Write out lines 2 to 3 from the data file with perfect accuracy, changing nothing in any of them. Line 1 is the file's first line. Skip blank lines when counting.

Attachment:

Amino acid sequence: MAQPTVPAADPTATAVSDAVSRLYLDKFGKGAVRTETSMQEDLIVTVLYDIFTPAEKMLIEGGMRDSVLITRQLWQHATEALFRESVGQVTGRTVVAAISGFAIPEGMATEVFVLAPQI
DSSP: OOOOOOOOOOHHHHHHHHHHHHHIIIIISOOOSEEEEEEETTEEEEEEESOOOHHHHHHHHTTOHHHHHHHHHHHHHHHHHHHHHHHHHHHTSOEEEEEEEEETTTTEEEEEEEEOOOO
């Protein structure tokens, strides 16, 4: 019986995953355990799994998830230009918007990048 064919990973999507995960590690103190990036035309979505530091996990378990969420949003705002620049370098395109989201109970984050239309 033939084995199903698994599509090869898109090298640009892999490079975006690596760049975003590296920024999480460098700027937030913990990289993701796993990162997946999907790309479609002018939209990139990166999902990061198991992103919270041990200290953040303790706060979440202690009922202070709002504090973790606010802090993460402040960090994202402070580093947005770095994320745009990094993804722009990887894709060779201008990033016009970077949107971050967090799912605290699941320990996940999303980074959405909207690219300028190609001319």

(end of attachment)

DSSP: OOOOOOOOOOHHHHHHHHHHHHHIIIIISOOOSEEEEEEETTEEEEEEESOOOHHHHHHHHTTOHHHHHHHHHHHHHHHHHHHHHHHHHHHTSOEEEEEEEEETTTTEEEEEEEEOOOO
């Protein structure tokens, strides 16, 4: 019986995953355990799994998830230009918007990048 064919990973999507995960590690103190990036035309979505530091996990378990969420949003705002620049370098395109989201109970984050239309 033939084995199903698994599509090869898109090298640009892999490079975006690596760049975003590296920024999480460098700027937030913990990289993701796993990162997946999907790309479609002018939209990139990166999902990061198991992103919270041990200290953040303790706060979440202690009922202070709002504090973790606010802090993460402040960090994202402070580093947005770095994320745009990094993804722009990887894709060779201008990033016009970077949107971050967090799912605290699941320990996940999303980074959405909207690219300028190609001319």